This elegant bench has humble origins: Its forebears have been sat
upon, stepped on and dragged about for centuries. Utilitarian ancestry
is readily apparent in our bench. It features simple construction and
strong interlocking joints.
The pieces fit together like a puzzle, with sliding dovetails and
half-lap joints. Sliding dovetails may sound difficult, but I’ll show
you how to master this tricky joint with a simple jig, a router and a
The bench is sized so you can mill all the pieces with your 12-in.
planer. I’ll show you how to cut perfectly fitting half-lap joints and
how to make the tapered keys that fill the dovetail sockets.
You can build this bench in a weekend or two. And once you’re set up
to build one, multiples are no sweat. So don’t worry if you can’t decide
whether this bench would look best in your front hall or at the foot of
your bed—build two! If you build your bench from white oak, as I did,
you’ll even be able to use it outdoors. I spent about $100 on lumber and
another $25 for a dovetail router bit (see Sources, below).
Prepare the pieces
1. Glue up boards, if necessary, to make stock for the wide top (A, Fig. A, below) and legs (B). Plane this stock to final thickness, along with a piece for the rail (C). Mill extra stock for test cuts and the keys (D) to the same 1-1/8-in. thickness. Your stock must be dead flat when you rout, and also when you assemble the pieces, for the dovetail joints to fit well and slide smoothly.
2. Rip the top, legs and rail to width; then crosscut the ends to length. Make sure the cuts are square.
Rout the sliding dovetails
3. Build the socket-routing jig (Fig. B, below). Use your top (A) to establish the width between the jig’s rails. To make sure the fences are spaced properly during assembly, fit a piece of scrap ripped to the proper width between them.
4. Establish the dovetail sockets in the jig’s rails by setting the dovetail bit to 3/8 in. exposure and routing a test socket in extra stock. Mark the centers of the sockets in the rails.
5. Mark the socket locations on the edge of the top. Then position the jig by aligning the socket centerlines. Clamp the jig and the top securely to your workbench. Make sure the jig’s rails are flush with the top. If they protrude, the router base will catch on them and cause trouble.
6. Rout the sockets (Fig. A, Detail 1) in a clockwise loop, bearing against the left fence on the way out and the right fence on the way back (Photo 1). A dovetail bit with a 1/2-in. shank produces smooth, chatter-free results. If your dovetail bit has a 1/4-in. shank, rout clearance channels first, with a 1/4-in. straight bit.
7. Rout dovetails in the leg blanks on your router table, with a tall fence installed for support (Photo 2). Set the bit’s height so your dovetails are no more than 1/64 in. shorter than the depth of the socket. If the dovetails bottom out, the joint will be much harder to slide together.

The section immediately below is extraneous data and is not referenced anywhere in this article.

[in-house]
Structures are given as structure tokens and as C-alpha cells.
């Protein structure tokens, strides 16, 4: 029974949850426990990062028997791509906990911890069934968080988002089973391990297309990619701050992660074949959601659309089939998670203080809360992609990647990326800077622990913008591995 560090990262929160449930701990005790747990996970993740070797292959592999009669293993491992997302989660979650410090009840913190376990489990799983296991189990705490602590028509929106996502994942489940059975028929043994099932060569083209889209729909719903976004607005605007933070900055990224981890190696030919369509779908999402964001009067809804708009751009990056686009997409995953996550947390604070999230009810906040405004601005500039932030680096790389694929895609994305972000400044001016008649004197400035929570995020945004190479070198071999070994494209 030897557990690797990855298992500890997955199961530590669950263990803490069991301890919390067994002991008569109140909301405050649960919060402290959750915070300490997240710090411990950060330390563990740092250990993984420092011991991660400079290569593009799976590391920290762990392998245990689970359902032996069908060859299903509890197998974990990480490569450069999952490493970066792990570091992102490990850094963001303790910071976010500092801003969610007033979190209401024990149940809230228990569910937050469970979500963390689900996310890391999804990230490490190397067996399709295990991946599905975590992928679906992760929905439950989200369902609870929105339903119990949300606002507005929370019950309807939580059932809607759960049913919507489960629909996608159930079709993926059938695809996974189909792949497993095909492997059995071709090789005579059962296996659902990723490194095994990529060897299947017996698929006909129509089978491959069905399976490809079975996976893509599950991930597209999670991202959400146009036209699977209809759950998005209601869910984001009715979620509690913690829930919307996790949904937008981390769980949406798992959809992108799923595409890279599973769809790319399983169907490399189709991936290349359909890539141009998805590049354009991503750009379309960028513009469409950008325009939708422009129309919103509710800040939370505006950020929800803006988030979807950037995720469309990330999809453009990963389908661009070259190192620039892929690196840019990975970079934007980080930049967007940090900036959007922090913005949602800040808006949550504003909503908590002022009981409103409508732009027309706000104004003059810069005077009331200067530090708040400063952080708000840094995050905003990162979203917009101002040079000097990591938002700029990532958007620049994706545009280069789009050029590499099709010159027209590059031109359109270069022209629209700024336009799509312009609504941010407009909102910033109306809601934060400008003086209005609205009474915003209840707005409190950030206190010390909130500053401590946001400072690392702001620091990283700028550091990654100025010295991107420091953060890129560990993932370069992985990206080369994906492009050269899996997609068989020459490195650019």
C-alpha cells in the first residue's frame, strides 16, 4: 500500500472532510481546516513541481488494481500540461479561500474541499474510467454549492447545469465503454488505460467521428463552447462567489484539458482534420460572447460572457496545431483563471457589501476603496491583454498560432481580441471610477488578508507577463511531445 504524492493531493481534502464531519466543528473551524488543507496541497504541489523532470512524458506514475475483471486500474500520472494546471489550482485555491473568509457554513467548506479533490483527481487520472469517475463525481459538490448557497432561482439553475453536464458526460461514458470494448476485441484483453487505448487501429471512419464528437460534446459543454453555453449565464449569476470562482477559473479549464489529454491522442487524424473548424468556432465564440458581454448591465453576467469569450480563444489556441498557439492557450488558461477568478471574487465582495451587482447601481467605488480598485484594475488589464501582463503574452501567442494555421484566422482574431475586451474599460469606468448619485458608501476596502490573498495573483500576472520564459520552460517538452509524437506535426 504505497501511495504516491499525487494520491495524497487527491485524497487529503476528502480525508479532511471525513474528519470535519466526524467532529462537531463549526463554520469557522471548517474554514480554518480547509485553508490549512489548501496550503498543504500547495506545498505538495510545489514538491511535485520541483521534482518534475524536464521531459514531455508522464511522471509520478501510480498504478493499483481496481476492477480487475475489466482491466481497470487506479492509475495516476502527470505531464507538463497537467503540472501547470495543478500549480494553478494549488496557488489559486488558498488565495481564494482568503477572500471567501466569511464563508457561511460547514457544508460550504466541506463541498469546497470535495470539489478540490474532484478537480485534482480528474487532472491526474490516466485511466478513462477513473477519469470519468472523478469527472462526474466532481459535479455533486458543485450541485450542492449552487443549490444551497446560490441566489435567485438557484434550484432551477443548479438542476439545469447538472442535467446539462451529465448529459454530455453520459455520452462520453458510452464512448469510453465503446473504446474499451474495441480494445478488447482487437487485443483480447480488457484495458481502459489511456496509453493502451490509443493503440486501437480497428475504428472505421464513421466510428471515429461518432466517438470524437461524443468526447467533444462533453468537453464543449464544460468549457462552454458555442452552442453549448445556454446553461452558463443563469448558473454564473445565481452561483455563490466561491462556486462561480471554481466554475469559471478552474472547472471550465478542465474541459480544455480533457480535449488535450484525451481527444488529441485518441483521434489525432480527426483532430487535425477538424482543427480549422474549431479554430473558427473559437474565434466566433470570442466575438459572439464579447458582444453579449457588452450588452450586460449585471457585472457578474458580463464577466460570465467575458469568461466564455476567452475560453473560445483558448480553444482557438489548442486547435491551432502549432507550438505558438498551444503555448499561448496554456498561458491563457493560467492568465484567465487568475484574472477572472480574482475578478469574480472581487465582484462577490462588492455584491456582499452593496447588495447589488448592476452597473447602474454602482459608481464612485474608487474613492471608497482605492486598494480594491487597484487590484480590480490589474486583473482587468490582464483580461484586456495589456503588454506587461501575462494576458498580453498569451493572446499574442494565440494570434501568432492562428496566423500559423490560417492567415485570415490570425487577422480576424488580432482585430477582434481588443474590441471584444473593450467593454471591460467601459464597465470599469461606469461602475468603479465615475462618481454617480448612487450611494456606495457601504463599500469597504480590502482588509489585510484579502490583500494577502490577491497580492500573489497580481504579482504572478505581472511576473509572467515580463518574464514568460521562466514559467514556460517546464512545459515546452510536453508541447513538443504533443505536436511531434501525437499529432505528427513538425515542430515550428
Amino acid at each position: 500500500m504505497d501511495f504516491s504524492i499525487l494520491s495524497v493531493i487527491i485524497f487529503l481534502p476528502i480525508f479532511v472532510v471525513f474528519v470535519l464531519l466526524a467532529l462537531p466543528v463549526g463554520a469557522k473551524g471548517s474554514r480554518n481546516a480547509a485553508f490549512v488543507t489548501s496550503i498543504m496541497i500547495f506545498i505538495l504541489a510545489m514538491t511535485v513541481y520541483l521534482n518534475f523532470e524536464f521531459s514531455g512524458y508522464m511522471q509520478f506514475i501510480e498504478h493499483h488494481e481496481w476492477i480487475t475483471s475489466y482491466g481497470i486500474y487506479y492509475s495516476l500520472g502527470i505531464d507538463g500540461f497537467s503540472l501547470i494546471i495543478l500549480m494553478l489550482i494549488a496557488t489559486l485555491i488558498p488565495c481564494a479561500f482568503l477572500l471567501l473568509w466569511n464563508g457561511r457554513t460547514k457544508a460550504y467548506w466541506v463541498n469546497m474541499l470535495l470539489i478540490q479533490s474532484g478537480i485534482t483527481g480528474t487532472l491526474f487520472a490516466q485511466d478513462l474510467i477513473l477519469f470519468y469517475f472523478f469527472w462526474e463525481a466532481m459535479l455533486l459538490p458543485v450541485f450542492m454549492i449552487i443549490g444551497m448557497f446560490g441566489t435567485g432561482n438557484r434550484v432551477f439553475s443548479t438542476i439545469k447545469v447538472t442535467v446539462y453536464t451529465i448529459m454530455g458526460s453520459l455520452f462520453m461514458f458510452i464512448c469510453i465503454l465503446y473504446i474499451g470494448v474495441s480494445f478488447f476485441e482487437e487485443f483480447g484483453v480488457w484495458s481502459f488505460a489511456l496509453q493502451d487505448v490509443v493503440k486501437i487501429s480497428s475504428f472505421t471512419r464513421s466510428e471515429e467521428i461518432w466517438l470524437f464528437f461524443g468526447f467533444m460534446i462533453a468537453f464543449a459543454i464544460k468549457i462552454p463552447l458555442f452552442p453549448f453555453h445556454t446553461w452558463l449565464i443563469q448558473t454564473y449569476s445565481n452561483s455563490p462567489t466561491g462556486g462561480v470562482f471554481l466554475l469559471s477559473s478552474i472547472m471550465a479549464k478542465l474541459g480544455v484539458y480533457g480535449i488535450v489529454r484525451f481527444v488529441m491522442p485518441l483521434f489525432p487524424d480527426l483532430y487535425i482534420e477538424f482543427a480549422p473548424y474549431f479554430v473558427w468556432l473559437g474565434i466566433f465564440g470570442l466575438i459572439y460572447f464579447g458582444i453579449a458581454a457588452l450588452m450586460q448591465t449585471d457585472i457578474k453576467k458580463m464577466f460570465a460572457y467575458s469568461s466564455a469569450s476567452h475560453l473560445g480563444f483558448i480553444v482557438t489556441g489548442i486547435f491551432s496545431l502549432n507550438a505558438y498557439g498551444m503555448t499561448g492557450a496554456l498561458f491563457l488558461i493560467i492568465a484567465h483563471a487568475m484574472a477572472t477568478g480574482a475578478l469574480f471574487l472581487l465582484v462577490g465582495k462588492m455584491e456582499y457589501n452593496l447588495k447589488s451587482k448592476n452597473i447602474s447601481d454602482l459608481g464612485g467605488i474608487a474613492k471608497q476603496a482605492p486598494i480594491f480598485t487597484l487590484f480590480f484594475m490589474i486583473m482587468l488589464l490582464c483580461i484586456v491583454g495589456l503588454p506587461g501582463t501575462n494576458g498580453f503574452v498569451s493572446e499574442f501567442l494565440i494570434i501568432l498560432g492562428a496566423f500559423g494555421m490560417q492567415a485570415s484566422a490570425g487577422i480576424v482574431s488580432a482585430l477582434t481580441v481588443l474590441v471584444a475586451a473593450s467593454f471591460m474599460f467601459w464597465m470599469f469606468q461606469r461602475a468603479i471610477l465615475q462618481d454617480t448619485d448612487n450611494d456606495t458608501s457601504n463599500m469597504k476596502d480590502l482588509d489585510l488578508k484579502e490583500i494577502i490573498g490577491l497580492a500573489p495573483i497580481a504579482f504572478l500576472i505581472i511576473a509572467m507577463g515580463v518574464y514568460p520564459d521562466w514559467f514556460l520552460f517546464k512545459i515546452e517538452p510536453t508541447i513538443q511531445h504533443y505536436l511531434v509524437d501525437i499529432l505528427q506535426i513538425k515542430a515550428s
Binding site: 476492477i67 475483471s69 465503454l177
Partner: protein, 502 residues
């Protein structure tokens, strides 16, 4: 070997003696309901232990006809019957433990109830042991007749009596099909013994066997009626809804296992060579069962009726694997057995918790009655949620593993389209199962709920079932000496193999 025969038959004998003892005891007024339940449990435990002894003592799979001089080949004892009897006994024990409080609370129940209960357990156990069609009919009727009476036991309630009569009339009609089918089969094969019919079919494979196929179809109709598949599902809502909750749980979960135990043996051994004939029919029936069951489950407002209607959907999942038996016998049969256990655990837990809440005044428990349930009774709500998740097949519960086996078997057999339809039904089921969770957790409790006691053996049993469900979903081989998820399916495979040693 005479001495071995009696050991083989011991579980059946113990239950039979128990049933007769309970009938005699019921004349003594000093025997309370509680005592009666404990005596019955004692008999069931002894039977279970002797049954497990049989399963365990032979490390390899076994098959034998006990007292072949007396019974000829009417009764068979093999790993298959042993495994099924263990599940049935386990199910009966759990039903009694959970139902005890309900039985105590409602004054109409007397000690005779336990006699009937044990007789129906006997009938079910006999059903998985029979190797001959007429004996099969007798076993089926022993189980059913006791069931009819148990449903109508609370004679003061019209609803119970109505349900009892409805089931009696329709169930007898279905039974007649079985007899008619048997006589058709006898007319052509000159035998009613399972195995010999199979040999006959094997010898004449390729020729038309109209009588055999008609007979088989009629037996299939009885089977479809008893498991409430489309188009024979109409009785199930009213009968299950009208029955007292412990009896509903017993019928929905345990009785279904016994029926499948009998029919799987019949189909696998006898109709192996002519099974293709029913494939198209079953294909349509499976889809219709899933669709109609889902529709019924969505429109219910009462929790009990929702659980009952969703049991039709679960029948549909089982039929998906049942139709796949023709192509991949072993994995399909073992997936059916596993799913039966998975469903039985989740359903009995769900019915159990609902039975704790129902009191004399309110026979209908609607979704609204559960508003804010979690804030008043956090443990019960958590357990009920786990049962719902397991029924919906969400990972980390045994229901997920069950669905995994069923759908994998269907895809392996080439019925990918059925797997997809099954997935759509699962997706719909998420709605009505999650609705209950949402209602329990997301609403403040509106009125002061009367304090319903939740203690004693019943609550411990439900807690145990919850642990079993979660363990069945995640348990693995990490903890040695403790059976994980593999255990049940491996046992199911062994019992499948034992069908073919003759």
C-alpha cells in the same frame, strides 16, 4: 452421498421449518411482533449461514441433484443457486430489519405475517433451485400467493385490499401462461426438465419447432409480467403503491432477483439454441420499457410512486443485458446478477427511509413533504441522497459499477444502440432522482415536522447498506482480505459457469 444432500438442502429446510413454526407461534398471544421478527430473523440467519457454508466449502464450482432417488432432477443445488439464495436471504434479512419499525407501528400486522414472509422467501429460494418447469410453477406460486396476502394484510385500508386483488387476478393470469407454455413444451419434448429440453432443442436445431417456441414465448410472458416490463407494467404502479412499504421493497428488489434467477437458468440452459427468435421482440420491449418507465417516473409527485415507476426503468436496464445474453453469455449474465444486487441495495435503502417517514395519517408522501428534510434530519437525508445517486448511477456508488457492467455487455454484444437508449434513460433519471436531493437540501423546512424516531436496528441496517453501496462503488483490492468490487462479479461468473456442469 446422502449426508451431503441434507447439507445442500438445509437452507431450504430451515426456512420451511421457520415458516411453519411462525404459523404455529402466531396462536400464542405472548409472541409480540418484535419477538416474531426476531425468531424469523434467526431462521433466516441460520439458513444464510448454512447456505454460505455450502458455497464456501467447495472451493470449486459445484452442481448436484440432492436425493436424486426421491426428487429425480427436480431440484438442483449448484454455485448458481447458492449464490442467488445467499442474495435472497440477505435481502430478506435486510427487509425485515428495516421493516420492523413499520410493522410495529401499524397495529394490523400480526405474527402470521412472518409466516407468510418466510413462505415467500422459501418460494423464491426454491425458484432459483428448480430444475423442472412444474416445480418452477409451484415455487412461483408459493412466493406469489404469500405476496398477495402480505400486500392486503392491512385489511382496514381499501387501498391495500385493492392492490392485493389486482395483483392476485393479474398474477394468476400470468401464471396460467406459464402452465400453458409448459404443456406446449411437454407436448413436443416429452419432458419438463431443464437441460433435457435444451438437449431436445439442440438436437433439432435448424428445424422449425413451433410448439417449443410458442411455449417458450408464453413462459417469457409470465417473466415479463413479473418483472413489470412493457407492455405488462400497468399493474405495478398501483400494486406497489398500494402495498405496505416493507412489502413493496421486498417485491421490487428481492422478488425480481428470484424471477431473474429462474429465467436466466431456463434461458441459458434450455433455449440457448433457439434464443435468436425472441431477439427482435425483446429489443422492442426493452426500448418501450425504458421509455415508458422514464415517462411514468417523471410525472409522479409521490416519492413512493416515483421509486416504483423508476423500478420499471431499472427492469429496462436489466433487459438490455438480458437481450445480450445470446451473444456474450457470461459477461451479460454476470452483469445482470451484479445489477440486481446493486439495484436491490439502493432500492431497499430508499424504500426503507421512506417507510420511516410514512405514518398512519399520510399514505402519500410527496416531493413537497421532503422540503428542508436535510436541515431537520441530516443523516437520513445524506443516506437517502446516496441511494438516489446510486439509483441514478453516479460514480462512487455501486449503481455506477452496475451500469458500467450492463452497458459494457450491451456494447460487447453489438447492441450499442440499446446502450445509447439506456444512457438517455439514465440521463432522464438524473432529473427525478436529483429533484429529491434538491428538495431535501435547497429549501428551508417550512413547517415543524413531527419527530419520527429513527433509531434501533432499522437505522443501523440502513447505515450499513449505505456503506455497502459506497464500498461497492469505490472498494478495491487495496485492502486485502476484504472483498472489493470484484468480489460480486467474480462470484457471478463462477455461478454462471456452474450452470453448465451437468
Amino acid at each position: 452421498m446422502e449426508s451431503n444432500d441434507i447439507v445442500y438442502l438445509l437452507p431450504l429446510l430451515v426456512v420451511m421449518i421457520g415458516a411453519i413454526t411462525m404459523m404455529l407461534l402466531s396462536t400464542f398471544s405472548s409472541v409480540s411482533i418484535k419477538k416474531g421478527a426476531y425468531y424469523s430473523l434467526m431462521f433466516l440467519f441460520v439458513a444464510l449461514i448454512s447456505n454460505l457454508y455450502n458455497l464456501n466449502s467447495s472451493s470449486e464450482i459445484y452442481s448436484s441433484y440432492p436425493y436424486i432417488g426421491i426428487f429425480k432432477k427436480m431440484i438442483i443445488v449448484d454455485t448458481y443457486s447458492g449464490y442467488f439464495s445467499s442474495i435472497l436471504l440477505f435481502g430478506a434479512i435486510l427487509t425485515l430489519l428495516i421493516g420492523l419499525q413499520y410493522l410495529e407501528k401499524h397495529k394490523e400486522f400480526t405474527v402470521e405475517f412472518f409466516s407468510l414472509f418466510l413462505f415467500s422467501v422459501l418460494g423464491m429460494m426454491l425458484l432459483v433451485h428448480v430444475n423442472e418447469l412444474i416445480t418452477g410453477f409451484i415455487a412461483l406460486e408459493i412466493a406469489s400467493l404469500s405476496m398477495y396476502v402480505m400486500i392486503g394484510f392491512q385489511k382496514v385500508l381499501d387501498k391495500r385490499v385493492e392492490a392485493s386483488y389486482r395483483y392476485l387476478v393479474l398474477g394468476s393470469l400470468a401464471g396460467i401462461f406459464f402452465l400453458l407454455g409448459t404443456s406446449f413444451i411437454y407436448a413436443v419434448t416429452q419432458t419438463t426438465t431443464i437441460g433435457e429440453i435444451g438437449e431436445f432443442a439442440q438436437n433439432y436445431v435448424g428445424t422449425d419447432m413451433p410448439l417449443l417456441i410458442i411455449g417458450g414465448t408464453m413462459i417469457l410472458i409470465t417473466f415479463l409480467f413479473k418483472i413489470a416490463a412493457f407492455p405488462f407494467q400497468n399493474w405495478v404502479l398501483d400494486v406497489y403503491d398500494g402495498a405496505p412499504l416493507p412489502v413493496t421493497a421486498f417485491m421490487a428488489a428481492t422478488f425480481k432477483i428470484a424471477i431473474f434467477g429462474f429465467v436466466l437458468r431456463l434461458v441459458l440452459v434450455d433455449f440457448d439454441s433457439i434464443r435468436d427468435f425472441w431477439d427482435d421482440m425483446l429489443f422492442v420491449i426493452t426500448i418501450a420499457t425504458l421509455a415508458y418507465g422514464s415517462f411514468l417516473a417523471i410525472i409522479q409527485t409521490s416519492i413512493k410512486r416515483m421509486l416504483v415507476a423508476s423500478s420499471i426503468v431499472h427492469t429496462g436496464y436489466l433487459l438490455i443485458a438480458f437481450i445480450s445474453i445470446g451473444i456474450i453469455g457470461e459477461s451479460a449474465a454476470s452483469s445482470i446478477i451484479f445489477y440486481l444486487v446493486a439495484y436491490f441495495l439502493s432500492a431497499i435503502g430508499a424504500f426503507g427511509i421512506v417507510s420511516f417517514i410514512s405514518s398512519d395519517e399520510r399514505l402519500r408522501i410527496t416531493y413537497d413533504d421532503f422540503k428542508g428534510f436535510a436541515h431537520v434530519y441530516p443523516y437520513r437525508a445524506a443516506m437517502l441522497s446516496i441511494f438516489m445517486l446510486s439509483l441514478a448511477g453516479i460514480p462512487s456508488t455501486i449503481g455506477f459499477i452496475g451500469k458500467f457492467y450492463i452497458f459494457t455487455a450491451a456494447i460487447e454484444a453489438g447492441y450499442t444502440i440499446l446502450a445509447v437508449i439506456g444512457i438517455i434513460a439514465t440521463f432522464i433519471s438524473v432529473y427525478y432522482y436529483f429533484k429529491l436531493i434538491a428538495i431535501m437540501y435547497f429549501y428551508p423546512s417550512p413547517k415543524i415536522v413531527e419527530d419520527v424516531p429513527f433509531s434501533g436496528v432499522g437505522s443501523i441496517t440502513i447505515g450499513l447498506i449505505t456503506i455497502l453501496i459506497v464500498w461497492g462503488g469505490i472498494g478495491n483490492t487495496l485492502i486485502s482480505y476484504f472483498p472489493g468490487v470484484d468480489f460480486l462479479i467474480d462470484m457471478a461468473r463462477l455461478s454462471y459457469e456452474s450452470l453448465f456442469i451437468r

To find the exact fence setting, start by routing an oversize dovetail. Then adjust the fence to make the dovetail smaller. Each adjustment has a double effect on the dovetail’s width, because you rout both sides of the leg. For a cool way to make the tiny adjustments that are necessary to dial in a perfect fit, check out Photo 10 in “Router Table Box Joints”.
During assembly, you’ll slide home both dovetailed legs simultaneously, so the dovetails need to have a little bit of slack when you fit them individually. The dovetails fit properly when you can slide each one home smoothly, with hand pressure only. If you have to use a mallet, they’re too tight. If they rattle, they’re too loose and you’ll have to start over.
When you think you’ve got the fence set just right, rout one more test dovetail. Make one pass on each side of a fresh blank and test the fit. If this dovetail slides smoothly with hand pressure or needs only minor adjustment (Photo 3), you’re good to go.
Fit the half-lap joints
These joints must fit snugly; assembly should require firm hand pressure.
8. Mark the notch locations on the rail (Photo 4, Fig. A). Use a sharp pencil, so the lines on the rail accurately indicate the thickness of the legs. Cutting to the inside edges of these lines creates notches that are the same thickness as the legs.
9. Mark the notch locations on the leg blanks—these notches are centered. Use the rail to mark their width.
10. Saw the notches in the rail, using the miter gauge with a long fence attached (Photo 5). Although it’s tempting to saw right to the lines, it’s better to play it safe by cutting short first and then trimming (Photo 6). The notches in the legs are deeper (Photo 7), because the rail has to sit even with (or slightly below) the dovetail shoulders (Photo 8).
11. Drill screw holes in the rail on your drill press. Use a fence to center the holes and support the rail. First, drill the 3-1/4-in.-long counterbores with a 7/16-in. brad-point bit. Flip over the rail to drill the 11/64-in. pilot holes.